Biden addresses nation, speaks on Russia-Ukraine conflict, end of pandemic

President Joe Biden delivers his first State of the Union Address, with a focus on the crisis in Ukraine, inflation and COVID-19. Photo courtesy of AP

By Tori Macchi | Reporter

President Joe Biden delivered his State of the Union address Tuesday night, highlighting the global conflict between Russia and Ukraine, along with economic and pandemic-related matters closer to home.

This was Biden’s first State of the Union address since he entered the White House in 2021, and he spoke to the 117th United States Congress.

“Last year, COVID-19 kept us apart,” Biden said. “This year, we’re finally together again.”

Biden began his speech by condemning Russian President Vladimir Putin’s aggression toward Ukraine and upholding American support of Ukrainians. Biden assured that while the U.S. and its allies are providing support in Ukraine’s fight for freedom, troops will not be sent to Europe.

Joanne Cummings, adjunct professor of political science, has extensive background in foreign policy as a recent foreign policy adviser. She said she felt positively about the way Biden addressed the crisis.

“I think it was an excellent speech,” Cummings said. “President Biden highlighted the unity of countries against Russian aggression in Ukraine, bringing out bipartisan agreement for U.S. support for Ukraine and our NATO Allies.”

Biden continued his address by transitioning his focus onto the economy and the concerns of poverty that sweep the nation. He acknowledged how “punishing” the pandemic has been on families living from paycheck to paycheck, and he remained proud of his work with the American Rescue Plan, which granted 5.6 million jobs to Americans in the past year.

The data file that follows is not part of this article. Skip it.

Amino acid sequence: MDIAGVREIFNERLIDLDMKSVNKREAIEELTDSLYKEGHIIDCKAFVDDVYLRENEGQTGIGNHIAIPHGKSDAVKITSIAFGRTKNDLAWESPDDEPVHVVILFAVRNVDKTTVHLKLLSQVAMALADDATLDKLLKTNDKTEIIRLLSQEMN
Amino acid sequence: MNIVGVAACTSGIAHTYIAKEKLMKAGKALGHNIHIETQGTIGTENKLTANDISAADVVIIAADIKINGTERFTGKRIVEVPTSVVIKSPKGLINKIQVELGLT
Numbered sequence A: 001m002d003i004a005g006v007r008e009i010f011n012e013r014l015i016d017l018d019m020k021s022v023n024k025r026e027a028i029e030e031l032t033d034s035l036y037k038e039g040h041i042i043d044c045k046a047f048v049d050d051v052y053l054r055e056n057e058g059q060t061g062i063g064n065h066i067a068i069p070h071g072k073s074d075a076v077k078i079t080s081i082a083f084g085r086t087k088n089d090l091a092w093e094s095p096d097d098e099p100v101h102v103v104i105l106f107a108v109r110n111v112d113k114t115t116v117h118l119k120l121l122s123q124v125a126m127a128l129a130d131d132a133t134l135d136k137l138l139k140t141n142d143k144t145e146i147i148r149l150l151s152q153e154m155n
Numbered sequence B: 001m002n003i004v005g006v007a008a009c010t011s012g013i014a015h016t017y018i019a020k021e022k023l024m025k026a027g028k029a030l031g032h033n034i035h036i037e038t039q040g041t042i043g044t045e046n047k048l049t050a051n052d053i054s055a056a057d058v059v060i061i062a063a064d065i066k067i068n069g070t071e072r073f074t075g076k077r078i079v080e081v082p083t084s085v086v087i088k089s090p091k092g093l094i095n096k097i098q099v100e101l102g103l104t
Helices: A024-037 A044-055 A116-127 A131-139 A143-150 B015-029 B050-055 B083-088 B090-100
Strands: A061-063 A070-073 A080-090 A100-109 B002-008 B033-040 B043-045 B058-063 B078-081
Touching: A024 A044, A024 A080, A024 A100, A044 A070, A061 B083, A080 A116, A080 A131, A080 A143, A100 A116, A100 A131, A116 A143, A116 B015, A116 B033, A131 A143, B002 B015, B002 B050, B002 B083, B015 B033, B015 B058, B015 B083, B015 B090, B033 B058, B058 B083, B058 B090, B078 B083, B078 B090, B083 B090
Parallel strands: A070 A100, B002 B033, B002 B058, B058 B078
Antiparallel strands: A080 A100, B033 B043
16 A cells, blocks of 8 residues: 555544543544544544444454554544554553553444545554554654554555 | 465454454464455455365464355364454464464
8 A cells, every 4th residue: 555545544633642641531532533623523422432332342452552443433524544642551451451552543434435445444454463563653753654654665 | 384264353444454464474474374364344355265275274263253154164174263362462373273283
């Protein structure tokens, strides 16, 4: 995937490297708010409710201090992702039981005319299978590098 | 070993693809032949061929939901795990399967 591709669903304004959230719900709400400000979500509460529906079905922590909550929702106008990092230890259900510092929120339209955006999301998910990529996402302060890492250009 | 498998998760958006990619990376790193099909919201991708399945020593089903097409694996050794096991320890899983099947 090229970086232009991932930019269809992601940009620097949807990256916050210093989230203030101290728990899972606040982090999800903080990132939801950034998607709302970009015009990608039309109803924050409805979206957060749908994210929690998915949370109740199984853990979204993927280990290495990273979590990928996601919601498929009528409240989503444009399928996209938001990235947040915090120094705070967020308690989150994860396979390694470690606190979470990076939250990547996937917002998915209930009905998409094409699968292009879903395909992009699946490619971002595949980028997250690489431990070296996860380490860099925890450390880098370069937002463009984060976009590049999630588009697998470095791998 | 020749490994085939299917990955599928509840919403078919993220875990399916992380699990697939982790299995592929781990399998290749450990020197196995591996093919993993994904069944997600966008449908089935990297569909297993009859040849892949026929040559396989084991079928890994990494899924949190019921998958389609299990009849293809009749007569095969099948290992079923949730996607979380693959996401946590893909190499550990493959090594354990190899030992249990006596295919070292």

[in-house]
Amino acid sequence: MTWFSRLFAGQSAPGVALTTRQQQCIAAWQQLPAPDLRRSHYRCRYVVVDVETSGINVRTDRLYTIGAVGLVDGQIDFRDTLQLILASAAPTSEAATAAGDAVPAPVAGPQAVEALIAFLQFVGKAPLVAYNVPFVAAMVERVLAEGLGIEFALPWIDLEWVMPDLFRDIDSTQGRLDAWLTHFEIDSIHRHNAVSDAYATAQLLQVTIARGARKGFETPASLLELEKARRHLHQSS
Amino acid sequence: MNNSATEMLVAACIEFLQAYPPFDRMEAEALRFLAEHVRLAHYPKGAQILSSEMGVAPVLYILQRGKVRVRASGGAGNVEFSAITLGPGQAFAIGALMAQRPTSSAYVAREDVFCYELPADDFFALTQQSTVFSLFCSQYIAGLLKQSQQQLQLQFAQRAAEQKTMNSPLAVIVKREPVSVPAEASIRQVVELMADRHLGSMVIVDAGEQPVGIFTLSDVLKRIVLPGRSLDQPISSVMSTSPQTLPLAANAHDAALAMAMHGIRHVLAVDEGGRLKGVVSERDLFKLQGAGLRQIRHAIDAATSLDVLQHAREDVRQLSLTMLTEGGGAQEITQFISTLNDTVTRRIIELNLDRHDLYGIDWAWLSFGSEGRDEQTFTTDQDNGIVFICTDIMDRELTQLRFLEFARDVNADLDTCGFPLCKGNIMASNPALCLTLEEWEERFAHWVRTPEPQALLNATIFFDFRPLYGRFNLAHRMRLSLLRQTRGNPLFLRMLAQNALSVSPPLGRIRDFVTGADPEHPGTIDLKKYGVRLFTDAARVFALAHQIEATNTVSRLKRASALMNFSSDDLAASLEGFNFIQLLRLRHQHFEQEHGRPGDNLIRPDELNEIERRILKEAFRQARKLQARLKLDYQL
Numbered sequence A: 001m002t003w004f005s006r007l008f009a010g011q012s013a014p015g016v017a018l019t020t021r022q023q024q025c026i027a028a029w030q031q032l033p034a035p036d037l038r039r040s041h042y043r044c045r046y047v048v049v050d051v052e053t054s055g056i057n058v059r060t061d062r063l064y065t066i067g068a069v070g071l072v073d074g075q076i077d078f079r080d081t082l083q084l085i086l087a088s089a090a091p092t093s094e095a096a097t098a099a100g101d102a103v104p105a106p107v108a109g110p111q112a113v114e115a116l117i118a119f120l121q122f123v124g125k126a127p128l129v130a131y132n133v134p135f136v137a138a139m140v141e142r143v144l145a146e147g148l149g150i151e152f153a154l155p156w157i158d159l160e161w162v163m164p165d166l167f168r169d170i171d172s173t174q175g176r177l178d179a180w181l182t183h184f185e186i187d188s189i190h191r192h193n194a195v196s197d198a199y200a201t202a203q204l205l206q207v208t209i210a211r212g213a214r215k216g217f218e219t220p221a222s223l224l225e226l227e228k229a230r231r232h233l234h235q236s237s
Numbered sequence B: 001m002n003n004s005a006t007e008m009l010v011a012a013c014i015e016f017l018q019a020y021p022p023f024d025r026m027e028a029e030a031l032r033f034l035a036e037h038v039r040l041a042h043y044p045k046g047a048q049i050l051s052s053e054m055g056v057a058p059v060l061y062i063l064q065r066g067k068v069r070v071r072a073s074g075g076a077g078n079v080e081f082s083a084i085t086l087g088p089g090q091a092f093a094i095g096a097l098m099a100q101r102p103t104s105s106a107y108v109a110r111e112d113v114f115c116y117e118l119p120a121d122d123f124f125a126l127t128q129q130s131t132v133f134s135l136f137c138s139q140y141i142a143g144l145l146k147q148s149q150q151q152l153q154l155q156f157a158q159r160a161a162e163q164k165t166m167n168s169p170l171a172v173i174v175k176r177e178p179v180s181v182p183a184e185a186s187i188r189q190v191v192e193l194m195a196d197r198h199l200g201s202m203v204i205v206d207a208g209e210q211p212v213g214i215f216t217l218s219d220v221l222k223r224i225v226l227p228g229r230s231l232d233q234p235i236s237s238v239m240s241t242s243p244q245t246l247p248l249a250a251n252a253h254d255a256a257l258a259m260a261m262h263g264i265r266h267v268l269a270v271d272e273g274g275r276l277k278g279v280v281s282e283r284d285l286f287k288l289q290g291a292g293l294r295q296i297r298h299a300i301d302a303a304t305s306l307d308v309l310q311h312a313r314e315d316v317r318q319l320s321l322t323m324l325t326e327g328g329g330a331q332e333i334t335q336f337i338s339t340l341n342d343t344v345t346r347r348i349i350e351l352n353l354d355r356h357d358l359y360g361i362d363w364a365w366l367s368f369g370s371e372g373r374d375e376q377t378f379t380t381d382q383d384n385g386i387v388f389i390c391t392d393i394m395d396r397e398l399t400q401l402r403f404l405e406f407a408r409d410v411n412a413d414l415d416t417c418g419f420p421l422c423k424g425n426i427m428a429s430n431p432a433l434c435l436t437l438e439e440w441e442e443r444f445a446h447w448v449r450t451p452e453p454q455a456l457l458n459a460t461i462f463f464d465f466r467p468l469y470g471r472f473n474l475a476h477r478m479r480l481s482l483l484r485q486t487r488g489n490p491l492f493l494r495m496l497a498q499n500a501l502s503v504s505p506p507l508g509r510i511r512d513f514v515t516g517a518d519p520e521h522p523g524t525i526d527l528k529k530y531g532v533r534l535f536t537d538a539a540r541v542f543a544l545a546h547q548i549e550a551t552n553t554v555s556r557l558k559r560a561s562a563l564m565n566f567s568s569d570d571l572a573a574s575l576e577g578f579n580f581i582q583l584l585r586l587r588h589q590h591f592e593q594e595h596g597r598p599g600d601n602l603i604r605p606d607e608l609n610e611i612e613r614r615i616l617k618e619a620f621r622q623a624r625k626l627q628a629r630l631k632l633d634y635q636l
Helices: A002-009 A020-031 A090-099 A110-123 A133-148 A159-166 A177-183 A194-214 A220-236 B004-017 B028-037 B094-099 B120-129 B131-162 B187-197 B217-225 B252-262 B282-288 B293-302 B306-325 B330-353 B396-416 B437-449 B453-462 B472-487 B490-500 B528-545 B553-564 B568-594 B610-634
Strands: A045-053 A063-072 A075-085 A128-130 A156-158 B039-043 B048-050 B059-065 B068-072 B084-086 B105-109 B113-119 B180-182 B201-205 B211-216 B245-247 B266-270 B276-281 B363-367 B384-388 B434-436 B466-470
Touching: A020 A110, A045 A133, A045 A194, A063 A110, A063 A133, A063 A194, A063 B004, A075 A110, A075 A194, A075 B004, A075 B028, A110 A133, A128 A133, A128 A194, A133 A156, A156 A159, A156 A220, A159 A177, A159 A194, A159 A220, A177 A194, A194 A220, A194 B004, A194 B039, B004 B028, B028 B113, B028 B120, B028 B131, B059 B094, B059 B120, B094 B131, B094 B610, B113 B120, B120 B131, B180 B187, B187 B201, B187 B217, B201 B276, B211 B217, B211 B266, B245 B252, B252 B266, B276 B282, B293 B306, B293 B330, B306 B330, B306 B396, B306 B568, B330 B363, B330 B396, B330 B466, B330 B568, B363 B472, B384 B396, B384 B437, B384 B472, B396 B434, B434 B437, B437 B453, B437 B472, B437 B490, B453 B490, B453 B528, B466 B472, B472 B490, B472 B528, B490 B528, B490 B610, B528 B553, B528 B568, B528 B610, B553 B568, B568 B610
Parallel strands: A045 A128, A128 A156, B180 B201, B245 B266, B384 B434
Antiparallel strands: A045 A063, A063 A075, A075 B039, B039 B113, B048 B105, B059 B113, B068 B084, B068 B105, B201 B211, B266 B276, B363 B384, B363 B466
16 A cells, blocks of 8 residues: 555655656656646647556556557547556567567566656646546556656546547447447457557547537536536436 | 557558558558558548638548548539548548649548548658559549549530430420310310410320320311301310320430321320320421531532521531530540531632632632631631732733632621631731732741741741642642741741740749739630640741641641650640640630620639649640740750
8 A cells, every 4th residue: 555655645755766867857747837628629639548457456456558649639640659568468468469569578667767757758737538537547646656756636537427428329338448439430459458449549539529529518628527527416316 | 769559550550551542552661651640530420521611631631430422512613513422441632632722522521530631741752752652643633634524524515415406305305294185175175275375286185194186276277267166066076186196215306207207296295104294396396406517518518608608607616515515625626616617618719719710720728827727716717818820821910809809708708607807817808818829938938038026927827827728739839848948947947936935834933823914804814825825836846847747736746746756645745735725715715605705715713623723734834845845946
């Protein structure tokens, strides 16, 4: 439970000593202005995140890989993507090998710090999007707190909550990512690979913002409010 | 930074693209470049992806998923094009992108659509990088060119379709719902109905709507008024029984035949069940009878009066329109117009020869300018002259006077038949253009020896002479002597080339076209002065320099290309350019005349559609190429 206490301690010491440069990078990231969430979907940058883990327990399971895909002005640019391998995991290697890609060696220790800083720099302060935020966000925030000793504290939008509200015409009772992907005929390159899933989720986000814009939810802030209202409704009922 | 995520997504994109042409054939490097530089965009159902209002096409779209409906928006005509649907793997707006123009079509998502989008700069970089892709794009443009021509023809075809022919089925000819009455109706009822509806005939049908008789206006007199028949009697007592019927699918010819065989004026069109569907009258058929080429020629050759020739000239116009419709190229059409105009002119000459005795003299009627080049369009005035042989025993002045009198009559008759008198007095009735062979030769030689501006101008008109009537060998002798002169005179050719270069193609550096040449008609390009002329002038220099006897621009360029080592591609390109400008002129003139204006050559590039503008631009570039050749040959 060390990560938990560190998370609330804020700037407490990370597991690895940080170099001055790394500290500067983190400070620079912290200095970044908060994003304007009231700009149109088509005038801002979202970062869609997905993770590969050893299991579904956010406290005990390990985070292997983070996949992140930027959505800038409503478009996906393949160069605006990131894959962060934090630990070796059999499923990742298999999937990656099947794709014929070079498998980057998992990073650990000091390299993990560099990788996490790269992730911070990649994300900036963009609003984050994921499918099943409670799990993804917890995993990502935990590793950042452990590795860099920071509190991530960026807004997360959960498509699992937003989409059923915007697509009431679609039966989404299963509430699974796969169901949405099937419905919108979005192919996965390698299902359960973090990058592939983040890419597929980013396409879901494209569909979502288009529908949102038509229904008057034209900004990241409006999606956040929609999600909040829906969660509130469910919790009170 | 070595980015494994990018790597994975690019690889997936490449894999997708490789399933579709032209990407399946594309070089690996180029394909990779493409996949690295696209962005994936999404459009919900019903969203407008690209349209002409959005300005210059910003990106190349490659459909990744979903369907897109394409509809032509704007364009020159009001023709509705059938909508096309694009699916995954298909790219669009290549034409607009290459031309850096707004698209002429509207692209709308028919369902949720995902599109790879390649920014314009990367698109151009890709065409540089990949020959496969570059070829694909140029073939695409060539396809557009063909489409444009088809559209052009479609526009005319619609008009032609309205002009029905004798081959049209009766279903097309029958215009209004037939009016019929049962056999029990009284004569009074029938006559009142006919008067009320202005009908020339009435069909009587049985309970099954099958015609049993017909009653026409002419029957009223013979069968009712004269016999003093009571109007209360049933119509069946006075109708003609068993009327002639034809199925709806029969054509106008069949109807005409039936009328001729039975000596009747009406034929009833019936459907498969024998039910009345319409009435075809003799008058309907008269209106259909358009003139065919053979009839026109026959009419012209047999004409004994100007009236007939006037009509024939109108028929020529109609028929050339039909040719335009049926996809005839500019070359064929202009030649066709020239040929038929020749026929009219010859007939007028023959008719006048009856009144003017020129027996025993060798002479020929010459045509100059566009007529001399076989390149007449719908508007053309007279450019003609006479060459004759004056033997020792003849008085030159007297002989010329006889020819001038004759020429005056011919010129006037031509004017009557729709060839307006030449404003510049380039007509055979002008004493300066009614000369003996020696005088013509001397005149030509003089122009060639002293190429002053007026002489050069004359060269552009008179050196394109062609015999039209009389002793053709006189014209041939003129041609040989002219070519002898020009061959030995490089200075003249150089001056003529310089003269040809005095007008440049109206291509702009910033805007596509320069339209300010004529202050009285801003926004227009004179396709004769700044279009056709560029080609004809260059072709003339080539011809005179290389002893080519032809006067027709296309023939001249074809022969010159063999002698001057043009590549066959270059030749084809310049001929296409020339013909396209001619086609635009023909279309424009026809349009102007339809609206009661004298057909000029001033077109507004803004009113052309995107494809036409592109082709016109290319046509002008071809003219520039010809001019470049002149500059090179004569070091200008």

Biden said his approach to building a better economy is to “invest in America, educate Americans and grow the workforce,” and he further emphasized the importance of “buying American.”

In addition to his comments about the workforce, Biden placed focus on inflation, acknowledging the increasing prices of child care, insulin and gas. He made promises to reduce such expenses and said that getting prices under control is his “top priority,” planning to cap the cost of insulin at $35 a month, close the coverage gap, and cut the costs of child care and energy.

Austin freshman Hayden Betzing said Biden’s comments on the economy felt like promises that weren’t going to be kept.

“If Biden was going to follow through with these statements, then I’d probably be on his side here,” Betzing said. “But it really feels like he’s saying things to just garner support; he won’t actually follow through.”

Biden made it a point to address COVID-19 and the progress made as a nation during the pandemic. He spoke optimistically of the new guidelines regarding masks and announced his efforts in making antiviral treatments ready for use, saying that he has “ordered more pills than anyone in the world has.”

Biden additionally emphasized the importance of ending school and business shutdowns, stating that now is the time for America to get back to work and feel safe doing so. Since the start of the pandemic, individuals have expressed differing views on the closing of schools and businesses. He encouraged Americans to seek unity in the pandemic, rather than continuing to let it divide citizens.

“Use this moment to reset,” Biden said. “Stop looking at COVID as a partisan dividing line. See it for what it is: a God-awful disease. Let’s stop seeing each other as enemies and start seeing each other for who we really are: fellow Americans.”

Regarding other concerns, Biden discussed matters of police reform and voting. He stood firm in his support of funding the police with proper training and resources to ensure protection over communities, and he was just as firm in his assurance of protecting voting rights.

“I would have to say, in his response to the ‘defund the police’ movement, it’s agreeable,” Betzing said. “He acknowledged the fact that defunding the police isn’t the answer, but rather increasing resources to help better the police. With his stance on voting rights and how they’re restrictive is where I disagree … Each person should get their vote counted, but fraudulent voting should be monitored to ensure a free and fair election.”

“We are stronger today than we were a year ago,” Biden said. “And we will be stronger a year from now than we are today.”